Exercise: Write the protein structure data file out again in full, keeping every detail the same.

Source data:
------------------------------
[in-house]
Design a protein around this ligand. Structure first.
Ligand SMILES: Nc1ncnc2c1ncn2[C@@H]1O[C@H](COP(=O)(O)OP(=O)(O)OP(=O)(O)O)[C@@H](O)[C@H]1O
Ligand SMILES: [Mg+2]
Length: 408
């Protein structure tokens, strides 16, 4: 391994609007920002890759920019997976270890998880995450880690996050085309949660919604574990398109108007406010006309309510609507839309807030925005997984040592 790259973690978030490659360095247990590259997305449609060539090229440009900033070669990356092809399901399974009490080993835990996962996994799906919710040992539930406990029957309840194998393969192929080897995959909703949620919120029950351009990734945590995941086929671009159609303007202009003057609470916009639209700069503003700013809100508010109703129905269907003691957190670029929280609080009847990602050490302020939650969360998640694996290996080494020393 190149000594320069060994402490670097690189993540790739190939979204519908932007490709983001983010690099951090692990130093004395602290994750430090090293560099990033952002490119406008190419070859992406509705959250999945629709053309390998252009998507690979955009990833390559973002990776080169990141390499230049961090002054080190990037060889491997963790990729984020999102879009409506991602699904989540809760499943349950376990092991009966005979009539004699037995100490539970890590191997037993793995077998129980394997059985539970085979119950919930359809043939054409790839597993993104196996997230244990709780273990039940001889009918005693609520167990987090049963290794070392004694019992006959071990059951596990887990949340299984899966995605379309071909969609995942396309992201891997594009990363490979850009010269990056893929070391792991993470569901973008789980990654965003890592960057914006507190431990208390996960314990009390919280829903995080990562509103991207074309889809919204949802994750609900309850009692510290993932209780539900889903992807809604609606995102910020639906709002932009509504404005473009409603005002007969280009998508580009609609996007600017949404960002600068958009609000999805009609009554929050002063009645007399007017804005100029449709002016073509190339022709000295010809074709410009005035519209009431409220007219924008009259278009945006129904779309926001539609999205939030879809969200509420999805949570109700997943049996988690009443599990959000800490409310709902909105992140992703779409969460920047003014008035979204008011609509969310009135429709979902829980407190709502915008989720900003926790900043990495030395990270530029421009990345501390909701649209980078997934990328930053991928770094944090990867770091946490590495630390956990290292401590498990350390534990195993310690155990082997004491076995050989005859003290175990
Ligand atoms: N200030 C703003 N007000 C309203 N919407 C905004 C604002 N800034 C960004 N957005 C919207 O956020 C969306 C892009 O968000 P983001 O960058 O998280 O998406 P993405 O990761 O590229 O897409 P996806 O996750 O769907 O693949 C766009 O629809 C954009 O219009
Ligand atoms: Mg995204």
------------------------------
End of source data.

[in-house]
Design a protein around this ligand. Structure first.
Ligand SMILES: Nc1ncnc2c1ncn2[C@@H]1O[C@H](COP(=O)(O)OP(=O)(O)OP(=O)(O)O)[C@@H](O)[C@H]1O
Ligand SMILES: [Mg+2]
Length: 408
């Protein structure tokens, strides 16, 4: 391994609007920002890759920019997976270890998880995450880690996050085309949660919604574990398109108007406010006309309510609507839309807030925005997984040592 790259973690978030490659360095247990590259997305449609060539090229440009900033070669990356092809399901399974009490080993835990996962996994799906919710040992539930406990029957309840194998393969192929080897995959909703949620919120029950351009990734945590995941086929671009159609303007202009003057609470916009639209700069503003700013809100508010109703129905269907003691957190670029929280609080009847990602050490302020939650969360998640694996290996080494020393 190149000594320069060994402490670097690189993540790739190939979204519908932007490709983001983010690099951090692990130093004395602290994750430090090293560099990033952002490119406008190419070859992406509705959250999945629709053309390998252009998507690979955009990833390559973002990776080169990141390499230049961090002054080190990037060889491997963790990729984020999102879009409506991602699904989540809760499943349950376990092991009966005979009539004699037995100490539970890590191997037993793995077998129980394997059985539970085979119950919930359809043939054409790839597993993104196996997230244990709780273990039940001889009918005693609520167990987090049963290794070392004694019992006959071990059951596990887990949340299984899966995605379309071909969609995942396309992201891997594009990363490979850009010269990056893929070391792991993470569901973008789980990654965003890592960057914006507190431990208390996960314990009390919280829903995080990562509103991207074309889809919204949802994750609900309850009692510290993932209780539900889903992807809604609606995102910020639906709002932009509504404005473009409603005002007969280009998508580009609609996007600017949404960002600068958009609000999805009609009554929050002063009645007399007017804005100029449709002016073509190339022709000295010809074709410009005035519209009431409220007219924008009259278009945006129904779309926001539609999205939030879809969200509420999805949570109700997943049996988690009443599990959000800490409310709902909105992140992703779409969460920047003014008035979204008011609509969310009135429709979902829980407190709502915008989720900003926790900043990495030395990270530029421009990345501390909701649209980078997934990328930053991928770094944090990867770091946490590495630390956990290292401590498990350390534990195993310690155990082997004491076995050989005859003290175990
Ligand atoms: N200030 C703003 N007000 C309203 N919407 C905004 C604002 N800034 C960004 N957005 C919207 O956020 C969306 C892009 O968000 P983001 O960058 O998280 O998406 P993405 O990761 O590229 O897409 P996806 O996750 O769907 O693949 C766009 O629809 C954009 O219009
Ligand atoms: Mg995204």